But the message from the pope, delivered in one Polish city after another to crowds numbering in the hundreds of thousands, proved irresistible. "Be not afraid," he repeated again and again. "Never despair, never grow weary, never become discouraged."
The impact of those words on Poland's people was powerful. After decades under numbing, despondency-inducing totalitarian rule, Poles began to see a different possibility for themselves. "Suddenly cognizant of their own history, their own heritage, they wondered why they had allowed themselves to be frightened for so long," wrote Joseph Shattan in his 1999 book on the Cold War's "architects of victory."
In the wake of the pope's galvanizing visit, it grew increasingly clear that the status quo could not last. In July 1980, the Polish government decreed a sharp increase in food prices, prompting tens of thousands of workers nationwide to go on strike, and to organize an independent trade union, Solidarity, led by an electrician at the Lenin Shipyard in Gdansk named Lech Walesa.
"The most remarkable feature of the strikes that led to the formation of Solidarity was their religious, nonviolent character," Shattan recounted.
In contrast to earlier strike waves that had swept through Poland . . . workers in the summer of 1980 confined themselves to nonviolent sit-down strikes. The influence of the church and the pope were everywhere apparent, especially at the Gdansk shipyard. 'During their memorable strike in 1980,' Lech Walesa later wrote, 'the first things the Gdansk workers did was to affix a cross, an image of the Virgin Mary, and a portrait of John Paul II to the gates of the shipyards.' Walesa himself wore a pin with a picture of Poland's most revered icon, the Black Madonna of Czestochowa, in his lapel, and the oversized pen with which he signed the [strike-ending] August 31 Gdansk accords — a souvenir from John Paul II's trip to Poland — had the pope's picture on it.
The 1979 trip to Poland detonated a psychological and social explosion that became unstoppable. As Solidarity grew in strength, Moscow insisted with growing vehemence that the Polish government suppress its deepening influence. Warsaw Pact forces carried out military maneuvers along Poland's borders, but there was to be no repeat of 1956 and 1968, when the Kremlin ordered troops to invade Hungary and Czechoslovakia, respectively. In December 1981, martial law was imposed by the communist regime in Warsaw; Solidarity leaders, including Walesa, were rounded up and imprisoned. "The counterrevolution is now crushed," Brezhnev told the Politburo the following month.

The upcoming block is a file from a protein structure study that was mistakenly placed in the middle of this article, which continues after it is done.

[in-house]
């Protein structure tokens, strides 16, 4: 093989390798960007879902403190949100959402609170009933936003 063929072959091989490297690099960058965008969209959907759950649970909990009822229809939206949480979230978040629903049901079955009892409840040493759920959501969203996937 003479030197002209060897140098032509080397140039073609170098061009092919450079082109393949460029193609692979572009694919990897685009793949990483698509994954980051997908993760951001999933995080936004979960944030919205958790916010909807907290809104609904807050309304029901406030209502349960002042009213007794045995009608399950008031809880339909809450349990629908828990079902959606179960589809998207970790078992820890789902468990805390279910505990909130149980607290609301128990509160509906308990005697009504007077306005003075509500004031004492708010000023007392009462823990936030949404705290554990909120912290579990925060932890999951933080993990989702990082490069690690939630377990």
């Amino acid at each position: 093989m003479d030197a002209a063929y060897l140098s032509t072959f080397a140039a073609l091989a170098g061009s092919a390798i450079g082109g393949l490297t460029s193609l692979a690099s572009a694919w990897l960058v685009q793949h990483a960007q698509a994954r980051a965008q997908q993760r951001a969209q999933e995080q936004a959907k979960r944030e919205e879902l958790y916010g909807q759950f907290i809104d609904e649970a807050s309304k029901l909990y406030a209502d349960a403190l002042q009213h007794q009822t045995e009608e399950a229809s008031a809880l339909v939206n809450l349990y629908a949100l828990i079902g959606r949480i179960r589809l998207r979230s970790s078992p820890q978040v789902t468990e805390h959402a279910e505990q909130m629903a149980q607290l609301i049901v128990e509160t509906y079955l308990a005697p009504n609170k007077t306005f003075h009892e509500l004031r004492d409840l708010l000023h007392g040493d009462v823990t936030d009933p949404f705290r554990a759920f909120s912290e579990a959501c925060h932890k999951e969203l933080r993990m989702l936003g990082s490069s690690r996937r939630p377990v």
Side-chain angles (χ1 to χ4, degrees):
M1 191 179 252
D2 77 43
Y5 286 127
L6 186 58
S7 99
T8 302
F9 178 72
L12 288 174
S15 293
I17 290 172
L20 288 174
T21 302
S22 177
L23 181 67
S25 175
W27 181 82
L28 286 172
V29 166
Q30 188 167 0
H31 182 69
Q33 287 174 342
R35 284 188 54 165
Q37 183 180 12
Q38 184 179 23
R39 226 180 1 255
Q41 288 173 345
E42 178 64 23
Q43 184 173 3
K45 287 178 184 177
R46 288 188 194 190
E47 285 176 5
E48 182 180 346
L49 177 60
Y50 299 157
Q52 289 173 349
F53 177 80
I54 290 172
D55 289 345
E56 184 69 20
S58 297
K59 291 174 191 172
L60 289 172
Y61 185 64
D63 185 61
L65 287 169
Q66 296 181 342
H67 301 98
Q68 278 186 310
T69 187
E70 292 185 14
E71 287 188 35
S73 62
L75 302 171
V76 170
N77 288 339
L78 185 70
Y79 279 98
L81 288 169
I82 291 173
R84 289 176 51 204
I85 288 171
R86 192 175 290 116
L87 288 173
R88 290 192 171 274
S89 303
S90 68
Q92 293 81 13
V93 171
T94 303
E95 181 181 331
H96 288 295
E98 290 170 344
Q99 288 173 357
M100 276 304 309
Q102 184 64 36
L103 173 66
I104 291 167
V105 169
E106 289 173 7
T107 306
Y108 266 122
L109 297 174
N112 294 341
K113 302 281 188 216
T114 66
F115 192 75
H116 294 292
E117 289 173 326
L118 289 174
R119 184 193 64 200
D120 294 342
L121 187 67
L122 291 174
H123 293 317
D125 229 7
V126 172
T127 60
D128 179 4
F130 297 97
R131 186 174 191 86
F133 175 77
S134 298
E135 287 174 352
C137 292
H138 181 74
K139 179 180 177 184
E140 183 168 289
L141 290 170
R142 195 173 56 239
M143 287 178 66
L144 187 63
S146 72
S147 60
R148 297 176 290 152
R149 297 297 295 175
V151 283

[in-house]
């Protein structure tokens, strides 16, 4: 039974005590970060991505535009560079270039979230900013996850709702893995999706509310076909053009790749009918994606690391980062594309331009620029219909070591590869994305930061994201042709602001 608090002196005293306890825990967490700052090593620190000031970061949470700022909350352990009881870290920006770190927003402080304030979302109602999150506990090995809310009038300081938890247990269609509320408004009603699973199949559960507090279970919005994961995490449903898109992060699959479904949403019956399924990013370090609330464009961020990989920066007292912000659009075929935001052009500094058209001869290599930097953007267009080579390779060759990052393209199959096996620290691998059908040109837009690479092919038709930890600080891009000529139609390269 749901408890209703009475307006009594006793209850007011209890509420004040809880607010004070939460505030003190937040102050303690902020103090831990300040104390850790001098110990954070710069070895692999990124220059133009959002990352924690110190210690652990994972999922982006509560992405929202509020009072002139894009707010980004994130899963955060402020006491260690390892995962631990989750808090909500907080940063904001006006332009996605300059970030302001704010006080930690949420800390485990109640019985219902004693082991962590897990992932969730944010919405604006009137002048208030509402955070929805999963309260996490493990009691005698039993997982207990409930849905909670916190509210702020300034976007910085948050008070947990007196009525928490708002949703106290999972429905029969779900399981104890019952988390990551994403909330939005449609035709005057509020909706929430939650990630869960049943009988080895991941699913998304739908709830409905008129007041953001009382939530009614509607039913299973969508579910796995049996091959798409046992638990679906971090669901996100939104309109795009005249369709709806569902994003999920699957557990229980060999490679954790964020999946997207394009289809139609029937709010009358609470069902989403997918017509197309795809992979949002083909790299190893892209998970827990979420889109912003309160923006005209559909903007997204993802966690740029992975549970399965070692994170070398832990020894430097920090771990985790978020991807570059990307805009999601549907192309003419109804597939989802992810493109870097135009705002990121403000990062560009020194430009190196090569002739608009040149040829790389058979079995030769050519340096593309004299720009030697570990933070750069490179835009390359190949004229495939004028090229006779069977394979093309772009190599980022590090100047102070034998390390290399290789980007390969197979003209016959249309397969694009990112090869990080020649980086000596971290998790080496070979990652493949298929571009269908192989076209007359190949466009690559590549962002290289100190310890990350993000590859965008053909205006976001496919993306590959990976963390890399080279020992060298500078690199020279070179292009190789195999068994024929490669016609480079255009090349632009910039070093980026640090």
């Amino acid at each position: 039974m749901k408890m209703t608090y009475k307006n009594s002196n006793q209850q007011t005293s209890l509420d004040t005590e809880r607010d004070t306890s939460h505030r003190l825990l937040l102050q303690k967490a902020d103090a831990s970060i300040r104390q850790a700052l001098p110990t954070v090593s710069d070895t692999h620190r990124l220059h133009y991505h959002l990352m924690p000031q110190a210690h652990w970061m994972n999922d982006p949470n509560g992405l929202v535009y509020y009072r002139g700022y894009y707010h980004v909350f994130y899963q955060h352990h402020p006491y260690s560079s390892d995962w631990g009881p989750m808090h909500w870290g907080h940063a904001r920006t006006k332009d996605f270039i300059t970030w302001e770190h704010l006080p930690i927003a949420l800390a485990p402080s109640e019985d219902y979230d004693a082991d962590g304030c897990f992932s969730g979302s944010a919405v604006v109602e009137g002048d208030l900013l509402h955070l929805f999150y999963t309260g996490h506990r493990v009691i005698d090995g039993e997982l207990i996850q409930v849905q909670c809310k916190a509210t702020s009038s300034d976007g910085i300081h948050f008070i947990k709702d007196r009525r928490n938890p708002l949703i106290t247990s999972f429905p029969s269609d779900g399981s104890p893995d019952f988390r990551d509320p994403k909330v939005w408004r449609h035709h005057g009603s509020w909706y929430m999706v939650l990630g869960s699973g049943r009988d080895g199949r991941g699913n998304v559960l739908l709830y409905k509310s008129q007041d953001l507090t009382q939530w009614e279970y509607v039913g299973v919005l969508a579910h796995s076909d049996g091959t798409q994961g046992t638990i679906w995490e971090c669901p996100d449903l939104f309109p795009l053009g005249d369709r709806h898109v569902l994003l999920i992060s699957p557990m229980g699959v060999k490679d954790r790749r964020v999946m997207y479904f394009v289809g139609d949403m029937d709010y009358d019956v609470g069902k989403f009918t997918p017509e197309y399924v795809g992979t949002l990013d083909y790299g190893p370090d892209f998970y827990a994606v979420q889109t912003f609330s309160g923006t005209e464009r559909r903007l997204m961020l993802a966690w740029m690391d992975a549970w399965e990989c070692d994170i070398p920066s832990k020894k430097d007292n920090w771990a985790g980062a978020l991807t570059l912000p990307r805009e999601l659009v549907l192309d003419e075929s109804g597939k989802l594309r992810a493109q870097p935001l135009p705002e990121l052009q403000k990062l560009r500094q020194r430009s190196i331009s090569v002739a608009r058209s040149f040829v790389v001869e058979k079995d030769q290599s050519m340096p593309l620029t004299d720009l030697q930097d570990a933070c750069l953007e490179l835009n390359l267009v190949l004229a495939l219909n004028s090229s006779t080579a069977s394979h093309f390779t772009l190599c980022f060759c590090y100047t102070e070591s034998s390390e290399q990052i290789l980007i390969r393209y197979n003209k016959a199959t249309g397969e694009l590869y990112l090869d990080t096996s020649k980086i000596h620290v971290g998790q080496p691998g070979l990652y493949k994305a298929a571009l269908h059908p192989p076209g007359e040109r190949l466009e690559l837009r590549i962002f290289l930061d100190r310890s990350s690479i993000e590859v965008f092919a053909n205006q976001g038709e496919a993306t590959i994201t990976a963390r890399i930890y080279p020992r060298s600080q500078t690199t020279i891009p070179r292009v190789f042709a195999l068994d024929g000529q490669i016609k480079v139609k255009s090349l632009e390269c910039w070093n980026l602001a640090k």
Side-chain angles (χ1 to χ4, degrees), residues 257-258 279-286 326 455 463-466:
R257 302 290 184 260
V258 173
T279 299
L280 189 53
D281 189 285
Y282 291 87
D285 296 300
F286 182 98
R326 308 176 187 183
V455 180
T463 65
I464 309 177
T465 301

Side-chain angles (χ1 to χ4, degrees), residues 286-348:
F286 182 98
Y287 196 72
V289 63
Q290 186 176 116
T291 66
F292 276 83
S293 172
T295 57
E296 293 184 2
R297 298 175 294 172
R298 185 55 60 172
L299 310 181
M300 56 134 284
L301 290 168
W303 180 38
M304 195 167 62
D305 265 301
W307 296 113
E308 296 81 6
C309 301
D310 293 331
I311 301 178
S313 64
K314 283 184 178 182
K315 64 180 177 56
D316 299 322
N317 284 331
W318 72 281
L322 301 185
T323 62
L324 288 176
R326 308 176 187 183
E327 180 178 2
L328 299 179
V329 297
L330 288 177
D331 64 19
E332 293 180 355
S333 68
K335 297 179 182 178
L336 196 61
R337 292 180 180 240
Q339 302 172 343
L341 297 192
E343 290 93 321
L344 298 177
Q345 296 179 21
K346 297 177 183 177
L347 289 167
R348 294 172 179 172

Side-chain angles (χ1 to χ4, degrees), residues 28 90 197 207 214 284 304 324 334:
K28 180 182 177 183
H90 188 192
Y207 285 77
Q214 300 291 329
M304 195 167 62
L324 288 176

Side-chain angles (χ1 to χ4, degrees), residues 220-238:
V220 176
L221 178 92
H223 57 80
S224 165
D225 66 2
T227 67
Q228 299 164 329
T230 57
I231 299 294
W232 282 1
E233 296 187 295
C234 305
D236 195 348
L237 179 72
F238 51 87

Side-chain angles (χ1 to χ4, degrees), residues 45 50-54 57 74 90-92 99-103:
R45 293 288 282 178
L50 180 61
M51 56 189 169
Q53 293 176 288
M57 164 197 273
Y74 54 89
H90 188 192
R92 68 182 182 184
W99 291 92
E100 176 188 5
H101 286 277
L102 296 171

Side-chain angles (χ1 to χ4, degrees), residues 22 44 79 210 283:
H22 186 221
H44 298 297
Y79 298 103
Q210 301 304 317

But the "counterrevolution" was just getting started, and it had considerable help from the Polish pope. In 1983, John Paul paid his second visit to Poland. He made a particular point of requesting permission to visit Walesa, thereby bolstering the anticommunist opposition and Solidarity's central role in the resistance. Within weeks of the pope's visit, martial law had been lifted. The pro-democracy movement grew steadily stronger. The dictatorship weakened.
In September 1989, communist rule ended for good in Poland with the election of a democratic government headed by Tadeusz Mazowiecki. Within months, communist regimes in Hungary, Czechoslovakia, Romania, Bulgaria, and East Germany were gone as well. The pope took a victory lap. "The irresistible thirst for freedom broke down walls and opened doors," he said in January 1990, because "women, young people, and men have overcome their fear."
Over and over, he had urged his followers: "Be not afraid." That message, propelled by the pope's humane, benign, and ultimately realistic worldview, led to the liberation of half a continent. It was an extraordinary achievement, one that answered forever Stalin's cynical put-down. "The pope?" sneered the Soviet dictator in 1935. "How many divisions does he have?" Of military divisions, John Paul II had none at all. Yet in the end he deployed enough power to topple the mighty Soviet empire.
The other aspect of the Polish pope's legacy that stands out in my mind is how he transformed the Roman Catholic Church in its attitude toward Jews.
As a young boy in the 1930s, my father attended public school in Snina, a town in eastern Czechoslovakia. Twice a week, a Catholic priest would come in to teach the catechism, while the few children who were Jewish would wait outside. As they left the classroom, my father recalls, the priest invariably made some insulting remark about Jews.